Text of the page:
But the most important thing about Ellie is not her skill at gently probing all the people her scientist brings into the lab to talk to her. Her real value, the reason she was built at all, is her skill at taking and analyzing thousands of measurements of those people.
Under the wide screen where Ellie’s image sits there are three devices. A video camera tracks facial expressions of the person sitting opposite. A movement sensor — Microsoft Kinect — tracks the person’s gestures, fidgeting and other movements. A microphone records every inflection and tone in his or her voice. The point, Rizzo explains, is to analyze in almost microscopic detail the way that people talk and move — to read their body language.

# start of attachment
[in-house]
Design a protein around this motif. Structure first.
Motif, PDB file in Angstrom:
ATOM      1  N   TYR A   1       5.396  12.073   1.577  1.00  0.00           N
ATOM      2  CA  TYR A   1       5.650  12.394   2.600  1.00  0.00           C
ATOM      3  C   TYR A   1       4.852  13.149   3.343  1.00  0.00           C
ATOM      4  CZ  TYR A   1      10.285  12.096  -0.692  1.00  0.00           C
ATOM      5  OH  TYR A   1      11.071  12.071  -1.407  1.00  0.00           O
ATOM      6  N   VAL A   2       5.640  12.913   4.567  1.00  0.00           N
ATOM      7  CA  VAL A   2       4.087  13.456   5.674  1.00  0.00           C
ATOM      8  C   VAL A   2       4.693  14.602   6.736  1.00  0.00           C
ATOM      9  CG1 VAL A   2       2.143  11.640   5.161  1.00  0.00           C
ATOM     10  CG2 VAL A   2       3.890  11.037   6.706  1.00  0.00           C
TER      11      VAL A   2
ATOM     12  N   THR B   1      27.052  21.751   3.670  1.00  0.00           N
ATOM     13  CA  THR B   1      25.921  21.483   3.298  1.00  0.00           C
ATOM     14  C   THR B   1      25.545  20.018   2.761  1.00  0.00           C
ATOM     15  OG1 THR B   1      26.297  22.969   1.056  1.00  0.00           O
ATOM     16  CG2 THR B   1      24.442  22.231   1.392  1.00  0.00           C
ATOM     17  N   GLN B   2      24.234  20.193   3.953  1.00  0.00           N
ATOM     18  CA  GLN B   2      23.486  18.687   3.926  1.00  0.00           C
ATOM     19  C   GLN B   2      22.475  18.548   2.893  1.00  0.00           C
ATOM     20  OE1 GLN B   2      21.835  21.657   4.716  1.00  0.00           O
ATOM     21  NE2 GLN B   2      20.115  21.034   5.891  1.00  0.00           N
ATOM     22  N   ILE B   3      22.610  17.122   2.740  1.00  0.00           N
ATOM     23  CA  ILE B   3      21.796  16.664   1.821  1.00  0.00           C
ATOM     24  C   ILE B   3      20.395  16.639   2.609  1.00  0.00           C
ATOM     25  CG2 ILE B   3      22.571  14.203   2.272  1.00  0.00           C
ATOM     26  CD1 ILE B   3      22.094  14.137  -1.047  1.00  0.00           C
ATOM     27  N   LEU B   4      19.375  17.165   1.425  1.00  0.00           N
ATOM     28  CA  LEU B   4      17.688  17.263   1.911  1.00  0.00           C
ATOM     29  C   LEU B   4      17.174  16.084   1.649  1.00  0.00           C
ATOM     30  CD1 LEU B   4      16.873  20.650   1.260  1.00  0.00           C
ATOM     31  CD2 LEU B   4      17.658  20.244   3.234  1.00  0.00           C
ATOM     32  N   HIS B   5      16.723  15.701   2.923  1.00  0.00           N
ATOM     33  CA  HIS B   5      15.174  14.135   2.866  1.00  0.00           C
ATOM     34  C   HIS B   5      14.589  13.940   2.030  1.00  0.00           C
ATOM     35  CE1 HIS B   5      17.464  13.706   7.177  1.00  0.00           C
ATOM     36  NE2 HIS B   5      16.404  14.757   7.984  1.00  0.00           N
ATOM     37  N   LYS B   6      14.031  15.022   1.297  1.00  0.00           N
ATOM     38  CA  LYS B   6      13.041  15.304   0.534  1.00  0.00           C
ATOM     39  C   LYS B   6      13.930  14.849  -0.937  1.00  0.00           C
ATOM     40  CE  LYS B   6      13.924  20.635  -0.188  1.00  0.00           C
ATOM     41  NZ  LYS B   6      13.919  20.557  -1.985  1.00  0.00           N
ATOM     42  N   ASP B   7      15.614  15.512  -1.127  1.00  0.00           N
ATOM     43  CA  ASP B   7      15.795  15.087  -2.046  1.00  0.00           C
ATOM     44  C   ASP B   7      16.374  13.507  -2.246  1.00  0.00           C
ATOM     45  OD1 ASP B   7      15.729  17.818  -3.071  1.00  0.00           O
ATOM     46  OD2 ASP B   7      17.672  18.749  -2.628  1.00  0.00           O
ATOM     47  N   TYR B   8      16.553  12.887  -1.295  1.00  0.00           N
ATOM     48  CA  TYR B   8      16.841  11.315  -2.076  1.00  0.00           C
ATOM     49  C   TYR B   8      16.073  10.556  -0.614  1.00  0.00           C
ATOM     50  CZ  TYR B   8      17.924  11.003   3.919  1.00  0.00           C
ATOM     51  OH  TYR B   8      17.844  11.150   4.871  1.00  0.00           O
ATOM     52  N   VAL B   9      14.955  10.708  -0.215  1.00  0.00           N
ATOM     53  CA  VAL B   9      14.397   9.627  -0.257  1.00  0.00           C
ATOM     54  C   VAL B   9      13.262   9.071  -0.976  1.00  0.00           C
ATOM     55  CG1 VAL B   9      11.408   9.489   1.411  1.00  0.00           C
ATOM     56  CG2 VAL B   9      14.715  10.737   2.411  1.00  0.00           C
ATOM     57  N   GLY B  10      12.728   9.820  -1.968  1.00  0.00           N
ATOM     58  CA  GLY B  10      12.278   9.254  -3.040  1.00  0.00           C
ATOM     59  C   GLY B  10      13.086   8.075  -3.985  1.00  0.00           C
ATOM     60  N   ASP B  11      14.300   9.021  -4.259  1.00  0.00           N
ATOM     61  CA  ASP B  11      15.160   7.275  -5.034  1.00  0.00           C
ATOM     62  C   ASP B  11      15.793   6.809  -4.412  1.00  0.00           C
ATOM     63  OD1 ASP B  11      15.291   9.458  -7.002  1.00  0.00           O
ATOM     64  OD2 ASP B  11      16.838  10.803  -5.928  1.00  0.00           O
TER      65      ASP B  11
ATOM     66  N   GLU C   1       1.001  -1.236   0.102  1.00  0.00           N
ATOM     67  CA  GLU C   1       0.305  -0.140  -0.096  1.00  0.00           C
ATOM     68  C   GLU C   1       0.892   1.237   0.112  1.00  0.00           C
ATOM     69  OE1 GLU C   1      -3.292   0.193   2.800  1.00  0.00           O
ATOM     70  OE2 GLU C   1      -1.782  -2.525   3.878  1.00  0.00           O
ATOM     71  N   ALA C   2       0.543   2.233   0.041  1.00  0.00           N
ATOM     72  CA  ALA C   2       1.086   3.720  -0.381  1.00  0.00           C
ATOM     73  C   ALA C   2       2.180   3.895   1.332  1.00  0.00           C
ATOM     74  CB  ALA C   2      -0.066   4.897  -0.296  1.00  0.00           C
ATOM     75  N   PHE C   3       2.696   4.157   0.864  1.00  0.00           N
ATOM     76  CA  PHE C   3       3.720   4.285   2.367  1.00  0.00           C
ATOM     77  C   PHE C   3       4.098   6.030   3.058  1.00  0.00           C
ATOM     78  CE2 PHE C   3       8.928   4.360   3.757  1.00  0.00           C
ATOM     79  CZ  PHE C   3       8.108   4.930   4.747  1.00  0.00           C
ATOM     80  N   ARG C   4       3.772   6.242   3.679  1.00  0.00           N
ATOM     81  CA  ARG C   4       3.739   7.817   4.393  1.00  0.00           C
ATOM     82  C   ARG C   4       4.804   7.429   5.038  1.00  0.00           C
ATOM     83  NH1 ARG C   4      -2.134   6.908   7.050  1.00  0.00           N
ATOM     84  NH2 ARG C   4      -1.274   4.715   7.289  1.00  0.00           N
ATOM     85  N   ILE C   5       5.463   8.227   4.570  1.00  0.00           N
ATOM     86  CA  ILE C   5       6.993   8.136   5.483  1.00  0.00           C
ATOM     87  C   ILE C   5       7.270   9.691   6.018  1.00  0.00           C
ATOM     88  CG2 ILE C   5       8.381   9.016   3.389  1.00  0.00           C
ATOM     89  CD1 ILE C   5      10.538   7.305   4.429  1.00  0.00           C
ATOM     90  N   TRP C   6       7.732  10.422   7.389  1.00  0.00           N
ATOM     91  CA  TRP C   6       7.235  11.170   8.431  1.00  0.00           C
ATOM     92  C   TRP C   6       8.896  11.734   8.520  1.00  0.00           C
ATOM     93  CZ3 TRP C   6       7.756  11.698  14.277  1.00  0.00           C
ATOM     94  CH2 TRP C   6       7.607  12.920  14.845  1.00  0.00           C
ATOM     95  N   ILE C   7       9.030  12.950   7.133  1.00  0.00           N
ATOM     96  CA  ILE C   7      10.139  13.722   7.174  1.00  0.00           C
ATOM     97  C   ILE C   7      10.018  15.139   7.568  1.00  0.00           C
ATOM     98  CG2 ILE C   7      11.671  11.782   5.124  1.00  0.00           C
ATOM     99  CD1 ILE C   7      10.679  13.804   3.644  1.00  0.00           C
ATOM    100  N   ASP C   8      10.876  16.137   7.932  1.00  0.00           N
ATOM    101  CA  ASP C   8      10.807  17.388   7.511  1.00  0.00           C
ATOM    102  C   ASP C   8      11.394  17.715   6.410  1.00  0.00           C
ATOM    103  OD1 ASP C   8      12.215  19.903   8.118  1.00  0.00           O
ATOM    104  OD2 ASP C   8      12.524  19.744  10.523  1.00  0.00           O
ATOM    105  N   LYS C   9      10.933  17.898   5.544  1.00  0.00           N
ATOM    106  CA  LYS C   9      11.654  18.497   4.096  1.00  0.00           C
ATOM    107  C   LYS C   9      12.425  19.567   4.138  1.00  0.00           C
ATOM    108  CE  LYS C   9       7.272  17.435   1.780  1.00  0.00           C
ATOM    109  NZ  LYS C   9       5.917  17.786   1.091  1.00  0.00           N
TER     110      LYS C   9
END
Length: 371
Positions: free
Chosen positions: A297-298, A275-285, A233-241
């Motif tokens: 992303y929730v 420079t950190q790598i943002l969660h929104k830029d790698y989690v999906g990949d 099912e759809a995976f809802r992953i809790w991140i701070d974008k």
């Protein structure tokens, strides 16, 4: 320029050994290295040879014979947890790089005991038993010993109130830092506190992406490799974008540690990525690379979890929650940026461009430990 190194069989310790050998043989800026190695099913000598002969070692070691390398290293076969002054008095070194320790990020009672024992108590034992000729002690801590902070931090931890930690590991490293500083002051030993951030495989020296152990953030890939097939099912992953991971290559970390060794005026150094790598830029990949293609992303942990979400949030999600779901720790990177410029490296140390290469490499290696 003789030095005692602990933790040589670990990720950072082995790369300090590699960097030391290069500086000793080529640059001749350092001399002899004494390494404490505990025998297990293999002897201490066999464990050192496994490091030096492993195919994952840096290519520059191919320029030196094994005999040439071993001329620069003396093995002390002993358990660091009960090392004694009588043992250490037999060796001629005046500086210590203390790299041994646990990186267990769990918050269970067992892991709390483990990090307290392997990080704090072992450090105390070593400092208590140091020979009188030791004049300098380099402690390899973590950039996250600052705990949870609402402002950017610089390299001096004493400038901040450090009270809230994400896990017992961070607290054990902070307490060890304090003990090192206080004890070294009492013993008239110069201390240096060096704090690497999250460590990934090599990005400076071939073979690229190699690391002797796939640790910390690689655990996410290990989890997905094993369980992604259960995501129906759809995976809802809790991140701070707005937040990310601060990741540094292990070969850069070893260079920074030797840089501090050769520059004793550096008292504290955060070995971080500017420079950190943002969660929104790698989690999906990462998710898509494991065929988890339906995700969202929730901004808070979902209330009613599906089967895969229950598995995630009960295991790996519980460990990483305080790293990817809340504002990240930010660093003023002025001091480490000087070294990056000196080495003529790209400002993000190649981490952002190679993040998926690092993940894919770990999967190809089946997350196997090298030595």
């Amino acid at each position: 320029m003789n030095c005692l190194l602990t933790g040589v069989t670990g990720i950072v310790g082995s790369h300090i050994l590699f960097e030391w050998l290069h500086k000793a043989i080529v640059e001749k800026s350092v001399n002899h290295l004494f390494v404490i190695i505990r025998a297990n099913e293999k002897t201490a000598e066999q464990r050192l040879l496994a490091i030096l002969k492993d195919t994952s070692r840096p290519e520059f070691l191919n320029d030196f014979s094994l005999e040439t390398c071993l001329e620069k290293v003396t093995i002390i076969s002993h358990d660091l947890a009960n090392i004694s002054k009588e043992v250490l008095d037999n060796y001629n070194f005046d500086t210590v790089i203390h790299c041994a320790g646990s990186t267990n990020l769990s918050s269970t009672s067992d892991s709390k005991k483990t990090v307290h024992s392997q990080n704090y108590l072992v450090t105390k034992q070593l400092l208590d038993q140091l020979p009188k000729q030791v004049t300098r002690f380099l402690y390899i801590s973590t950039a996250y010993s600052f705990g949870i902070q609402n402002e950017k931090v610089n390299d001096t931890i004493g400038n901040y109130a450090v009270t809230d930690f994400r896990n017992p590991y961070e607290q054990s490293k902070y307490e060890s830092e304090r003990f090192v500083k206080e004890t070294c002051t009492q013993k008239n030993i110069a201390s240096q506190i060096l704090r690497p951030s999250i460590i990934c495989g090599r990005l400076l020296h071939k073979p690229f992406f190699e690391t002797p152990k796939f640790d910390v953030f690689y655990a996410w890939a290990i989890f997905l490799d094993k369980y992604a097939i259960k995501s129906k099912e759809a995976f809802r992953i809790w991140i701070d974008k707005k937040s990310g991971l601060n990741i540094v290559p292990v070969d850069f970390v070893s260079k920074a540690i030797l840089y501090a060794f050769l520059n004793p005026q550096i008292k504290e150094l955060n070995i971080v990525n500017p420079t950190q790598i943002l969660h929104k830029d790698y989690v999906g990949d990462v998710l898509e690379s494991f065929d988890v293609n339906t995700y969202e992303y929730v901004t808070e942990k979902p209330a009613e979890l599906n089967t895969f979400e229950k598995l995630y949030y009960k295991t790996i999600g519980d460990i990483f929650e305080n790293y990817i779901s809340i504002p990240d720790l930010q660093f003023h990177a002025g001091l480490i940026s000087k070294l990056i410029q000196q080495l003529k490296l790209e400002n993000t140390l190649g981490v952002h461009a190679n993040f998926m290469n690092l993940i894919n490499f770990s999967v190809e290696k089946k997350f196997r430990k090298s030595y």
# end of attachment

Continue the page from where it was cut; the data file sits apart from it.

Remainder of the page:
“We can look at the position of the head, the eye gaze,” Rizzo says. Does the head tilt? Does it lean forward? Is it static and fixed?” In fact Ellie tracks and analyzes around 60 different features — various body and facial movements, and different aspects of the voice.
The theory of all this is that a detailed analysis of those movements and vocal features can give us new insights into people who are struggling with emotional issues. The body, face and voice express things that words sometimes obscure.